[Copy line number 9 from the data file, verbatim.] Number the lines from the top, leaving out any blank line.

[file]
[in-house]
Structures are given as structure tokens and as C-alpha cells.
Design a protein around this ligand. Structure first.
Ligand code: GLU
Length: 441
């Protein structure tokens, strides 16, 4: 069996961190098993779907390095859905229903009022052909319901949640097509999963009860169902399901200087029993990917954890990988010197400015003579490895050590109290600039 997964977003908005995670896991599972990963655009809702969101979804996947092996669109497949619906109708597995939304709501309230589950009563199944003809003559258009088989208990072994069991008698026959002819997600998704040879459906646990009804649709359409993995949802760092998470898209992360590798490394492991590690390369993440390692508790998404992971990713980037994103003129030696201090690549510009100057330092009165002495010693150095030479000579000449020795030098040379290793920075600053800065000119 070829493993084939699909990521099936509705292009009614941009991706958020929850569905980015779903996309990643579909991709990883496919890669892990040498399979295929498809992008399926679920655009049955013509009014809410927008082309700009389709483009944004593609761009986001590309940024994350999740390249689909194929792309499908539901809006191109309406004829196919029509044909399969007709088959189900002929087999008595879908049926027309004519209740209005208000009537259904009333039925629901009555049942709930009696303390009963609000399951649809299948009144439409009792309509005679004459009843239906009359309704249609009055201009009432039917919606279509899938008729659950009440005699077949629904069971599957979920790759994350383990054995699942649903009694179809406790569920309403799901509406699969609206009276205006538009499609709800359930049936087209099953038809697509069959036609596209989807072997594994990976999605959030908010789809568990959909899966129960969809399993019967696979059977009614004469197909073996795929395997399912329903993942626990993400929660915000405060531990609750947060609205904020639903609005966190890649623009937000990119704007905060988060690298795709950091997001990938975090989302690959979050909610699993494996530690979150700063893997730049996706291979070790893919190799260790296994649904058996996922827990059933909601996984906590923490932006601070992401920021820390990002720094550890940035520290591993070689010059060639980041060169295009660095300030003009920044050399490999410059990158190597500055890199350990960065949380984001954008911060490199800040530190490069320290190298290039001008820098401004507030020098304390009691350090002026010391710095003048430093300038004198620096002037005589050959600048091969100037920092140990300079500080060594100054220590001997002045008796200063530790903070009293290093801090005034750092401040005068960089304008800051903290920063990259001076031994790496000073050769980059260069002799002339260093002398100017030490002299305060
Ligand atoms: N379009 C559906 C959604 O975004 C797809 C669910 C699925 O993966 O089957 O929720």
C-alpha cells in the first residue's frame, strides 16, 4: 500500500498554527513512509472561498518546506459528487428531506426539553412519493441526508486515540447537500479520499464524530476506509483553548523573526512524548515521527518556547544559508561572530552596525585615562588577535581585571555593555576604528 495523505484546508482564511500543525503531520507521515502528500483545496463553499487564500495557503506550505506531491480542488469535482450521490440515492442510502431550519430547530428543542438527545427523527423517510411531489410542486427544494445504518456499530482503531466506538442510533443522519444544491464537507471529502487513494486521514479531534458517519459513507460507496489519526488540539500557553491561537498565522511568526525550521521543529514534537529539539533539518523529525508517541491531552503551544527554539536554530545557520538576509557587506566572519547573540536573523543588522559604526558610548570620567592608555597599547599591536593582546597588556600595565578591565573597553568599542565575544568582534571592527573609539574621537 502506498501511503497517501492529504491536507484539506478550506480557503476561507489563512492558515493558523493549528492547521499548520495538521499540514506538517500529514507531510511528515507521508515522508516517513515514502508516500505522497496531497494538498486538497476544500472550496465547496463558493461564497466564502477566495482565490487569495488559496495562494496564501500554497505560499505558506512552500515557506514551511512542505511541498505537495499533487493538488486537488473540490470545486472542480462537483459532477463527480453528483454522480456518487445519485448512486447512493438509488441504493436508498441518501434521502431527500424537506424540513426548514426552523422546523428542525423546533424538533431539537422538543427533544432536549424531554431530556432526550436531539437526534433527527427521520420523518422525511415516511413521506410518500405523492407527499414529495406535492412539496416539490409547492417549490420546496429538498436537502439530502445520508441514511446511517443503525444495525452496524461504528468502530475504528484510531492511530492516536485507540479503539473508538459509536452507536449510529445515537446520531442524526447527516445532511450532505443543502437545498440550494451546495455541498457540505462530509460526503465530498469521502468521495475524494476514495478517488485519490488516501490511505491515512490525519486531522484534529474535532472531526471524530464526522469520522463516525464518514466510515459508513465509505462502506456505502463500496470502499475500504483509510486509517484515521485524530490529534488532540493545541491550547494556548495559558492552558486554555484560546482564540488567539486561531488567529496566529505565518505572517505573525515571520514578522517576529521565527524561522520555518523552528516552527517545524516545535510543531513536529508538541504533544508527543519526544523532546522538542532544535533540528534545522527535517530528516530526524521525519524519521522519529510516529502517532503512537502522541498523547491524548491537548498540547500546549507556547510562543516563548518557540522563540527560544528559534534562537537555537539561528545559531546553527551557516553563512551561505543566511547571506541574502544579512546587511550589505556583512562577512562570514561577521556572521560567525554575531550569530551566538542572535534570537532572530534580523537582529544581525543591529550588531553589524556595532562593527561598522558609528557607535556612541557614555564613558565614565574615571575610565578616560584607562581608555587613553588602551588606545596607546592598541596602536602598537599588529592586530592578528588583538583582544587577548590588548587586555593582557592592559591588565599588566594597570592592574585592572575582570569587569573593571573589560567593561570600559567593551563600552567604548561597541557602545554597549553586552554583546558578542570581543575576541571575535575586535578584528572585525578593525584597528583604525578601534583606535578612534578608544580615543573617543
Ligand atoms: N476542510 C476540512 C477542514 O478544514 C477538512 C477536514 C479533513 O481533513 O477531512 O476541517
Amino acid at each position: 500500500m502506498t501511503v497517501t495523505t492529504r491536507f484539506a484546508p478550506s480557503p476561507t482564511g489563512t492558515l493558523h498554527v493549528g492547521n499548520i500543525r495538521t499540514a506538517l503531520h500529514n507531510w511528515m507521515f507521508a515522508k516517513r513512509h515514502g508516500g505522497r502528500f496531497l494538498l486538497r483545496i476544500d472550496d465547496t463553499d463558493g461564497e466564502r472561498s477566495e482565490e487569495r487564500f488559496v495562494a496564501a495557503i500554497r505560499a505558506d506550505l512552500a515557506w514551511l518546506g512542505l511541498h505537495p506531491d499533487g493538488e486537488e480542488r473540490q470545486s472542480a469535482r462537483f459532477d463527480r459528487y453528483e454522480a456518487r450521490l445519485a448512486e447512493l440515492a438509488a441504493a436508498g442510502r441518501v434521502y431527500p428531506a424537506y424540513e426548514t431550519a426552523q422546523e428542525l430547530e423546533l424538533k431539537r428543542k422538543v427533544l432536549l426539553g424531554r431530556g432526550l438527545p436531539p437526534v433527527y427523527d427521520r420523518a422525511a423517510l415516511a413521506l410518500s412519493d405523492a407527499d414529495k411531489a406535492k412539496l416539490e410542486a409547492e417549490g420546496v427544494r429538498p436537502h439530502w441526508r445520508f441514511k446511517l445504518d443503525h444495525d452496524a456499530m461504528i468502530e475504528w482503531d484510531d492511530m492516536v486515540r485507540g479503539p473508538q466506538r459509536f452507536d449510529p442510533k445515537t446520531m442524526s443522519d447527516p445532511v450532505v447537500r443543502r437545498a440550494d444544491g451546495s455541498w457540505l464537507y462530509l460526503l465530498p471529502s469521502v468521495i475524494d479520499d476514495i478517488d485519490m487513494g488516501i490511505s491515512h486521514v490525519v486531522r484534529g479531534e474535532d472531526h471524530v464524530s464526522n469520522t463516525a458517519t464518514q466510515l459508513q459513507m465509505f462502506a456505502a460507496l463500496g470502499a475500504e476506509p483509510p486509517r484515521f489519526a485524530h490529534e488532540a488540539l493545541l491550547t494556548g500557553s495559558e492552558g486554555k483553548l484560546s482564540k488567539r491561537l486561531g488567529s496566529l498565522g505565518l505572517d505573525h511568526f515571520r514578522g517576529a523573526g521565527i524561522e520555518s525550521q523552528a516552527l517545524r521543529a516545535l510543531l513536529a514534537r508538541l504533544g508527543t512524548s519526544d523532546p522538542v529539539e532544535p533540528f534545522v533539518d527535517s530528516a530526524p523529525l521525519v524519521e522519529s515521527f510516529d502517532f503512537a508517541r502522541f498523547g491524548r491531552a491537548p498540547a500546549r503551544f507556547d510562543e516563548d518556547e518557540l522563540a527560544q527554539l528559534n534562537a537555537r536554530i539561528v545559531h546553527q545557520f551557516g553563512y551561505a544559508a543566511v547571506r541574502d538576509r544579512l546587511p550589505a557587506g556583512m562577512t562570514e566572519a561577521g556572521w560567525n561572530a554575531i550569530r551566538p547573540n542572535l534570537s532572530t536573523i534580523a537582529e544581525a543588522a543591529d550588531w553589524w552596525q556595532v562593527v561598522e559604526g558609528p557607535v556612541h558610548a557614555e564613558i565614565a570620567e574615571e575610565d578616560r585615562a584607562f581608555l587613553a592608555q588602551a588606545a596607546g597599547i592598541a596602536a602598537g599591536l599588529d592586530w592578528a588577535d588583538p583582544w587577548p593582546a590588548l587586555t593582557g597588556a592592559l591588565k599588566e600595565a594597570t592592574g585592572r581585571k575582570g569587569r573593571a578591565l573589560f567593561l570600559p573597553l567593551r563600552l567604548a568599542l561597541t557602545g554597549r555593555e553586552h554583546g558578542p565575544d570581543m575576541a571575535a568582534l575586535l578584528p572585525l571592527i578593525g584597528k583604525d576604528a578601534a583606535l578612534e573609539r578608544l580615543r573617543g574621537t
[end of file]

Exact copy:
Ligand atoms: N476542510 C476540512 C477542514 O478544514 C477538512 C477536514 C479533513 O481533513 O477531512 O476541517